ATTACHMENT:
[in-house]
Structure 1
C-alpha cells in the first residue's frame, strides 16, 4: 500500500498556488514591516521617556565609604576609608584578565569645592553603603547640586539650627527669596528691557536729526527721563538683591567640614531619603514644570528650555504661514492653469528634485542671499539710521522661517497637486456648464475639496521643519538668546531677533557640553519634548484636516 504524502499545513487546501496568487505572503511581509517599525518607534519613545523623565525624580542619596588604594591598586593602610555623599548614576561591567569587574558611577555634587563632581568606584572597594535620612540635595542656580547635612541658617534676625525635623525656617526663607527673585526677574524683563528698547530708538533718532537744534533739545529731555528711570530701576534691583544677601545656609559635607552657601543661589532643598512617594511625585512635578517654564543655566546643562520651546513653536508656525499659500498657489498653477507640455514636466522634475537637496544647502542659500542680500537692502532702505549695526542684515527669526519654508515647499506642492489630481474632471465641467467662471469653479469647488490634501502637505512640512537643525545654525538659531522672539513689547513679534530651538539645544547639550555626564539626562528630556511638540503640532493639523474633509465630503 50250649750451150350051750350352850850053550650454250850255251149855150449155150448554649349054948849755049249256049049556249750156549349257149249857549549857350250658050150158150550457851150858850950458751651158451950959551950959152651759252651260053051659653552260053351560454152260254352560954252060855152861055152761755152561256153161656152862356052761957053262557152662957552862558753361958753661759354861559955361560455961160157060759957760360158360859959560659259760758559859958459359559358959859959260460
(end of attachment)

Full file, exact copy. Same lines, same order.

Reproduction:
[in-house]
Structure 1
C-alpha cells in the first residue's frame, strides 16, 4: 500500500498556488514591516521617556565609604576609608584578565569645592553603603547640586539650627527669596528691557536729526527721563538683591567640614531619603514644570528650555504661514492653469528634485542671499539710521522661517497637486456648464475639496521643519538668546531677533557640553519634548484636516 504524502499545513487546501496568487505572503511581509517599525518607534519613545523623565525624580542619596588604594591598586593602610555623599548614576561591567569587574558611577555634587563632581568606584572597594535620612540635595542656580547635612541658617534676625525635623525656617526663607527673585526677574524683563528698547530708538533718532537744534533739545529731555528711570530701576534691583544677601545656609559635607552657601543661589532643598512617594511625585512635578517654564543655566546643562520651546513653536508656525499659500498657489498653477507640455514636466522634475537637496544647502542659500542680500537692502532702505549695526542684515527669526519654508515647499506642492489630481474632471465641467467662471469653479469647488490634501502637505512640512537643525545654525538659531522672539513689547513679534530651538539645544547639550555626564539626562528630556511638540503640532493639523474633509465630503 50250649750451150350051750350352850850053550650454250850255251149855150449155150448554649349054948849755049249256049049556249750156549349257149249857549549857350250658050150158150550457851150858850950458751651158451950959551950959152651759252651260053051659653552260053351560454152260254352560954252060855152861055152761755152561256153161656152862356052761957053262557152662957552862558753361958753661759354861559955361560455961160157060759957760360158360859959560659259760758559859958459359559358959859959260460